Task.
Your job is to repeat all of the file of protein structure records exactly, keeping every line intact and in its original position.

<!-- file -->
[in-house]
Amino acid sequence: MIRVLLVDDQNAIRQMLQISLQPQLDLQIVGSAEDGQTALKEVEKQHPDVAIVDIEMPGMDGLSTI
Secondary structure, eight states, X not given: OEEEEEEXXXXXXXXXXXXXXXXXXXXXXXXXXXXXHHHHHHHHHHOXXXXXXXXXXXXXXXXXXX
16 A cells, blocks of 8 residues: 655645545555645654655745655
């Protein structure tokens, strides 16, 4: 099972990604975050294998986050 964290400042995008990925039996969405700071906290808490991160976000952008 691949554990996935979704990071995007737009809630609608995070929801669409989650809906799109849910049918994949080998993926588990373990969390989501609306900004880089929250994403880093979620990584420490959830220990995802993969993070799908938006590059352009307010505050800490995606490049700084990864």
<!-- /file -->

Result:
[in-house]
Amino acid sequence: MIRVLLVDDQNAIRQMLQISLQPQLDLQIVGSAEDGQTALKEVEKQHPDVAIVDIEMPGMDGLSTI
Secondary structure, eight states, X not given: OEEEEEEXXXXXXXXXXXXXXXXXXXXXXXXXXXXXHHHHHHHHHHOXXXXXXXXXXXXXXXXXXX
16 A cells, blocks of 8 residues: 655645545555645654655745655
């Protein structure tokens, strides 16, 4: 099972990604975050294998986050 964290400042995008990925039996969405700071906290808490991160976000952008 691949554990996935979704990071995007737009809630609608995070929801669409989650809906799109849910049918994949080998993926588990373990969390989501609306900004880089929250994403880093979620990584420490959830220990995802993969993070799908938006590059352009307010505050800490995606490049700084990864």